The Holy Spirit Moves, Heals

25 07 2013

by Greg Clark, Integrated Communications

The healing, with the gentle caress of the Holy Spirit, started almost as soon as delegates took their seats in the Auditorium for the USA National Conference.

Long before the outcome was known, the Holy Spirit was there, providing inspiration, compassion, and—most of all—healing.

Throughout the April 19–21 event, which dealt with two pressing matters involving sexuality, the Holy Spirit wafted over, through, and among more than 1,500 delegates. They felt it in testimonies. Heard it in songs. Touched it in prayers.

In the end, healing came for some people, who had felt slighted for years, when the conference, by more than a two-thirds majority agreed to recommend policy changes to the First Presidency and the Council of Twelve Apostles.

One recommendation was that the sacrament of marriage may be extended, where legal, to persons of the same sex/gender. In places where this is not legal, a church-recognized way for two persons of the same sex/gender to publicly express their covenant to each other will be made available.

The other was to allow a priesthood call to be processed according to established procedures regardless of sexual orientation, including a person in a monogamous, committed, same-sex/gender relationship (e.g., legal marriage, civil partnership, covenant relationship).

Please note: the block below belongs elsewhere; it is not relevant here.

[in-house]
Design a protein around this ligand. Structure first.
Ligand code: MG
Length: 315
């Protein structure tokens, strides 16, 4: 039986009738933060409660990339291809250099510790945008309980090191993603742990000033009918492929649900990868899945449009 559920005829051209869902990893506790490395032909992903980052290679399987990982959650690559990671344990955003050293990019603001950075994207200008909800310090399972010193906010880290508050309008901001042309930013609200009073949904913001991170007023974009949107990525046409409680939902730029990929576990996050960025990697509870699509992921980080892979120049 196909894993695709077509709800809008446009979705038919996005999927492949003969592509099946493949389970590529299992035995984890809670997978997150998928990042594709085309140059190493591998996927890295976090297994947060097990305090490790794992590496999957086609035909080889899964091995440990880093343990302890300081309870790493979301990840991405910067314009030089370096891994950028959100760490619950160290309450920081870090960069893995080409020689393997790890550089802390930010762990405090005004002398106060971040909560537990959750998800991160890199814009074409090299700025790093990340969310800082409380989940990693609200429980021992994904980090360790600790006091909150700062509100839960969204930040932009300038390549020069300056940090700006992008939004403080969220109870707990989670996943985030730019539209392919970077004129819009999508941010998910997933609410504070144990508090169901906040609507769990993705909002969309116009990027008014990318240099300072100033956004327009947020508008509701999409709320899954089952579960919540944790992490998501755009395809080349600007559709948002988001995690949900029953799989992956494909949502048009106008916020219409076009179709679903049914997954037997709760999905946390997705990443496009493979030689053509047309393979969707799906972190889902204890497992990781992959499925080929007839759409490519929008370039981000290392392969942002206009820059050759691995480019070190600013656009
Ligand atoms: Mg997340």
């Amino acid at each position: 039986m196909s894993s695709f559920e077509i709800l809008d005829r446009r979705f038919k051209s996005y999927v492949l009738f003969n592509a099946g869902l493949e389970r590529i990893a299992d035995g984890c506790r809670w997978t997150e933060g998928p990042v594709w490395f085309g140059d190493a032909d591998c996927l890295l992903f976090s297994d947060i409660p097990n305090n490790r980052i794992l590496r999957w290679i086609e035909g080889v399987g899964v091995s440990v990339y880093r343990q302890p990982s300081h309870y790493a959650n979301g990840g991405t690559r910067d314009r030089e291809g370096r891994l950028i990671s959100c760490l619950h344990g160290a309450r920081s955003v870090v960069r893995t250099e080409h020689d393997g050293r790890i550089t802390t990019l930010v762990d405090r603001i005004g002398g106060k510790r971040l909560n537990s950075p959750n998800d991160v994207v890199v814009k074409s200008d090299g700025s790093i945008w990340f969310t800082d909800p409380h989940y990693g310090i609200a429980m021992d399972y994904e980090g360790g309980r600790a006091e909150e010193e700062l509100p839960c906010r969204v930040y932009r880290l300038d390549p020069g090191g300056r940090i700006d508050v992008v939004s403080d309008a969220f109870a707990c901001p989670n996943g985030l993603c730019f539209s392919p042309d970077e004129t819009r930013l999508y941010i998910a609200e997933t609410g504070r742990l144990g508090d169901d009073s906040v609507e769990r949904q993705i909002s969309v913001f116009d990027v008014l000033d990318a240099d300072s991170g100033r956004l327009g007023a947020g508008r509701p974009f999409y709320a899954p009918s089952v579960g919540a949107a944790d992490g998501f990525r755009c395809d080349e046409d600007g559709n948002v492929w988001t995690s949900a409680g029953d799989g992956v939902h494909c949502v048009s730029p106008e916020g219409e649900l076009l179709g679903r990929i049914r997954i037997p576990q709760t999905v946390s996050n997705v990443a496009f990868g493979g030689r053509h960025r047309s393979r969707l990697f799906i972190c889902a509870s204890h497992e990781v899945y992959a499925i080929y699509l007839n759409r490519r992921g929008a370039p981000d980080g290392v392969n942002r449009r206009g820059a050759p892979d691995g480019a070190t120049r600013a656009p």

But some delegates found unease or distress in the outcomes. Their journey of healing started with the conference upholding their worth as persons with differing opinions who still are welcome at the church’s table.

Healing was there in recognition that change is difficult. And it was there through the blessing of the Holy Spirit, which presided over the three-day meeting in Independence, Missouri.

It was visible in hugs, handshakes, smiles…and tears. And it was evident in the US apostles, who clasped hands during a first-day recess to offer thanks to the Holy Spirit’s presence.

That presence was nearly as tangible as the grove of aspen “trees” that sprouted on the stage and in the balcony behind the rostrum. Soft, blue, translucent banners, decorated with leaves, descended from the ceiling, providing foliage for those trees.

And just as those banners murmured with movement in the Auditorium’s air currents, the Holy Spirit gently made itself known.

The selection of aspens as a worship setting was no coincidence. As the assembly heard early in the conference, aspens don’t grow individually; rather, they grow as community, interlinked by a foundational root system.

The church, built on Christ, is much the same with its Enduring Principles of Unity in Diversity and Worth of All Persons. Those principles were very much on the minds of apostles.

“We have experienced today the depth of the Holy Spirit,” Apostle Linda Booth said. “It’s moved in our midst in a very tender and loving way. Breathe in God’s breath and listen to the people around us as well as the Holy Spirit.

“Without your presence, we would not be complete.”